BM: My brother Keanu is two years older than me. When I was about eight or nine, and he was ten or eleven, he started learning guitar and singing at school, and he’d come home and show me what he’d learnt.
And basically, that’s how it went: everything he’d learn two years ahead of me, he’d come home and teach me. So, that’s what got me in to music to start with. We started singing together and we had a duo: Strange Angels.
BQ: And bands at school? Did you get together with others there?
BM: When I was younger, yeah. In primary school, I was in a school rock band, and in high school – Grade 8 – me and my brother did a bunch of performances together for the school.
But then in Grade 9, I went into home schooling, and then just towards the end of Year 9, my brother, my parents and I moved to Thailand when I was 14.
BQ: Wow, so how did that go, getting into music and then moving to another culture?
BM: It was… life-changing!
Because I was still doing this home-schooling thing, and I was doing music theory, learning all that kind of stuff, and BOOM! We’re in Thailand, a totally different culture and language, etiquette and everything.
So it was a big learning experience, a life-changing thing.
We continued to do singing when we got there, when we first got to Chaing Mai. We were there for six months and my brother and I sang in restaurants there, and had a bunch of Thai and Burmese friends. We learnt languages from our friends.
Then we moved down south, moved to the islands, and that’s where I got into some bands. My brother moved away to Bangkok, and we were still on the island. Koh Samui was where I was mostly, singing in bands.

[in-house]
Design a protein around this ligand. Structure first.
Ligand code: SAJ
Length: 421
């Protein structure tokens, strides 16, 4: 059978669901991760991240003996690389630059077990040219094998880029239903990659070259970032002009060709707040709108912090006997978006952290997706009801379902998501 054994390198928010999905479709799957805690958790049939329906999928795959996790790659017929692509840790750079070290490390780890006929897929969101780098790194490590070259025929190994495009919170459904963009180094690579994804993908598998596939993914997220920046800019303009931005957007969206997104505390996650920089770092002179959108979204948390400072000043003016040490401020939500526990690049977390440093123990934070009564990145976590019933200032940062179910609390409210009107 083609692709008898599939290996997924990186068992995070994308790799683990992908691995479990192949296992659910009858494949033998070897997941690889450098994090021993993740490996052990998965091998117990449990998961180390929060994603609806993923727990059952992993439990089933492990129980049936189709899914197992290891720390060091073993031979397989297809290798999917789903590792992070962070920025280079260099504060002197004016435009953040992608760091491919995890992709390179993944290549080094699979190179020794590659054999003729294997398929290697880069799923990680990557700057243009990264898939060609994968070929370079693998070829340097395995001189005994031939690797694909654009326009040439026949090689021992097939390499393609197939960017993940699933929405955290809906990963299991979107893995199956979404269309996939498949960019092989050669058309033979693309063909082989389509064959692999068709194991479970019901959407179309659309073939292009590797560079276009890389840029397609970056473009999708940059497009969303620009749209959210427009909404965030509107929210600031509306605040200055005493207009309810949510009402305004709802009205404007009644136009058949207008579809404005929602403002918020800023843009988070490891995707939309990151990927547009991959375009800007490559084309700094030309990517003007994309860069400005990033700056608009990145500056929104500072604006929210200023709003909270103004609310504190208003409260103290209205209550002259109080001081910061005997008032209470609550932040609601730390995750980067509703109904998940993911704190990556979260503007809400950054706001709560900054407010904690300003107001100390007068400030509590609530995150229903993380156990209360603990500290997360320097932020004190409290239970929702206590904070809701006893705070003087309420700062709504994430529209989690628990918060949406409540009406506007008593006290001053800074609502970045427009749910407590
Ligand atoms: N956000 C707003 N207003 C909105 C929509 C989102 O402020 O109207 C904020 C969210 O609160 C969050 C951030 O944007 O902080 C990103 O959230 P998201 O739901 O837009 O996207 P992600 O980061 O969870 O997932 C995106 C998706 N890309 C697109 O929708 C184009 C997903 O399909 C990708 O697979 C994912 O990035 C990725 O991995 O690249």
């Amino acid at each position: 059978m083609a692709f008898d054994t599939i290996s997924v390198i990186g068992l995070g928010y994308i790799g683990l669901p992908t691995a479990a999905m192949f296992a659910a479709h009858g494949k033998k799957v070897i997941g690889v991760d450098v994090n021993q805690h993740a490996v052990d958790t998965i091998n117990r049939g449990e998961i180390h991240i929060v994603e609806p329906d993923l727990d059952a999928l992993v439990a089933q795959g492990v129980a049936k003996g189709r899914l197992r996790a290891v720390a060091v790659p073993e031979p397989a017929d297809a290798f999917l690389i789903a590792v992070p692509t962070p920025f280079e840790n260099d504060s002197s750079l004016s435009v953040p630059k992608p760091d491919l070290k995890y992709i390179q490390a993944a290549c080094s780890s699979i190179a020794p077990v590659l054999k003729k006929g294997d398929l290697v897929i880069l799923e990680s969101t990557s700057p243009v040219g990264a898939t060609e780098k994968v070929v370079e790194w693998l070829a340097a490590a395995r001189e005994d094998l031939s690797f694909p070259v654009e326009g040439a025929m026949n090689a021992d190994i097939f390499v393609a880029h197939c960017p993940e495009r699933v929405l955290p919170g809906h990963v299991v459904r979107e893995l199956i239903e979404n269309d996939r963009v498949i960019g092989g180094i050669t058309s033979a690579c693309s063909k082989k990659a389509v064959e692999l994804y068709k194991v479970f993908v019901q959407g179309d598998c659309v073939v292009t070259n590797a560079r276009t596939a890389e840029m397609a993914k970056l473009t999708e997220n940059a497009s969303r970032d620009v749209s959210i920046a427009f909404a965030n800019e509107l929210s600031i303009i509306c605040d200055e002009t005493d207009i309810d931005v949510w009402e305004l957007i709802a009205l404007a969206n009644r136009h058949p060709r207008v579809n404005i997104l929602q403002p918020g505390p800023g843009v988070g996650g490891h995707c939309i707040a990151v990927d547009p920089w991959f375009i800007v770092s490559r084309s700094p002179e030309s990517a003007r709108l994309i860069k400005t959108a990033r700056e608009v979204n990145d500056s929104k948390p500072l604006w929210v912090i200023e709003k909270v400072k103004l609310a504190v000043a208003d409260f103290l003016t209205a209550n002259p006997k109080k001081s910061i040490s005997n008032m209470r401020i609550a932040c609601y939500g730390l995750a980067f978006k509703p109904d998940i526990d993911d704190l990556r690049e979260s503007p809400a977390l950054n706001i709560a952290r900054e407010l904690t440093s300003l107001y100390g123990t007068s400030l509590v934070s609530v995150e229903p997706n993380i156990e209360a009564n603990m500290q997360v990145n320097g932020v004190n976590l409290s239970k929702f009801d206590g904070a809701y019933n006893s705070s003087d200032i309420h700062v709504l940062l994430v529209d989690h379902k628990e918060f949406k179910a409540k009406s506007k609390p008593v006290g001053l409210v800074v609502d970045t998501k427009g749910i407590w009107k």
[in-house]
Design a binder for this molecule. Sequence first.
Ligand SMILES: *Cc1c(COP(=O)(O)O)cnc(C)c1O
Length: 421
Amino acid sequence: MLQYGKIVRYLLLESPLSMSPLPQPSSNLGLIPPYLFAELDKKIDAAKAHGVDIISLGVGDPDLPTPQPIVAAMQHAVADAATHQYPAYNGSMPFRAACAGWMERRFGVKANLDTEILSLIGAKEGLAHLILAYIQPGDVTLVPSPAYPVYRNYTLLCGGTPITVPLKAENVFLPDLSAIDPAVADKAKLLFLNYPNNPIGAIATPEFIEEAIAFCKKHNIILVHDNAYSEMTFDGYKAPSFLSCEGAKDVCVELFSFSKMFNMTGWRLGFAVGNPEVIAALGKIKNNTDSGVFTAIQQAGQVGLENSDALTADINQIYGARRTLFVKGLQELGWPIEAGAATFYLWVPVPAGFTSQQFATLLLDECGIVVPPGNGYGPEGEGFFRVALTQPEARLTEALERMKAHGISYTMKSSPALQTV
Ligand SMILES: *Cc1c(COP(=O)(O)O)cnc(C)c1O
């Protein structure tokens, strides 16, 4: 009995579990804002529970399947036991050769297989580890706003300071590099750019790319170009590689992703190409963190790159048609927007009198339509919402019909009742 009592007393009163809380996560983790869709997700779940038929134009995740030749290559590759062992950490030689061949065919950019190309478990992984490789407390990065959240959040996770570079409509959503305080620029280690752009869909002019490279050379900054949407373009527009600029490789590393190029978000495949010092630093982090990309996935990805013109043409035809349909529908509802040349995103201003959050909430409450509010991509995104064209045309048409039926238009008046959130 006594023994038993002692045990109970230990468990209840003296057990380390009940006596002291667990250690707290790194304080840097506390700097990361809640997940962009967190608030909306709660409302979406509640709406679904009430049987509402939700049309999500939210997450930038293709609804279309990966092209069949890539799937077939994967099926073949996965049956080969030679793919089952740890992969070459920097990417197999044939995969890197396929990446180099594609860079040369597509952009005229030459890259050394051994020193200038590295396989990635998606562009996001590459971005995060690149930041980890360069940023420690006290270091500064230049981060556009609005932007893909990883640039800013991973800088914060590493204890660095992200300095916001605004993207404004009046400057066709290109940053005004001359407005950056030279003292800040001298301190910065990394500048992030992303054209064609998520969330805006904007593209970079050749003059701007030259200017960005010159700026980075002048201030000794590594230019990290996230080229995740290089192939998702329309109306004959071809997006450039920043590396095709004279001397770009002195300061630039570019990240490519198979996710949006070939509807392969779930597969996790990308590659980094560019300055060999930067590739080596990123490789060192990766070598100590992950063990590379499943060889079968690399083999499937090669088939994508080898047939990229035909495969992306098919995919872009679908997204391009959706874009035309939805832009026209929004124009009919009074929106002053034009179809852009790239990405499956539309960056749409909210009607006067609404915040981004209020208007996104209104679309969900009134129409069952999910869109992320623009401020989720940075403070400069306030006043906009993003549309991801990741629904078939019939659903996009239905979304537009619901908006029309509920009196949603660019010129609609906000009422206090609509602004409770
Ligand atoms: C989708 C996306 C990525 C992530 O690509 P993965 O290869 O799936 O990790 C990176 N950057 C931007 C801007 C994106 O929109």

So the band members consisted of guys from Europe, America, all different places. Older dudes, and they taught me so much. They showed me all those older songs, older eras, older music. It just really taught me the old school way, and how to lead a band.
I had a lot of experience with them, and a lot of cool shows with them too.
[Tape pauses for the arrival of Bella Maree’s chai latte. And we continue..]
Darwin heavy metal band Summit have had a very busy 2019, and it’s about to get even busier as they prepare to head on the road to tour down the east coast of Australia in November.
With the release of a new single in the very near future, the time is ripe for the band to take their music to a wider audience, one that’s already been building off the back of a strong online streaming and Youtube presence.
Having met several band members at a MusicNT meet and greet in August, it was great to catch up with drummer Tom Heffernan and find out a bit more detail about the band’s activities.
Bill Quinn: You’re the new boy in the band, but you’re the spokesperson today. How much can you tell us about the background of Summit?
Tom Heffernan: The boys have been going since 2017. I worked for a couple of them on a major project up here and that’s how we met. I followed them around, watching their shows. They have a lot of talent, and it’s definitely up my alley.
They jumped on to the scene pretty quickly and left a pretty big footprint on the place. I just love their music.
Wes [Beck] is the leader of the band, and he organised it from the go. He was out of the scene for a long time before this band started. Greeny [Matt Greenaway] was over here working from Sydney way, New South Wales, and the two brothers [Jordan and James Atwill] are born and bred in Darwin.
I’m not sure how they got together, who spoke to who. I know Wes and Greeny worked together; that’s how they got together.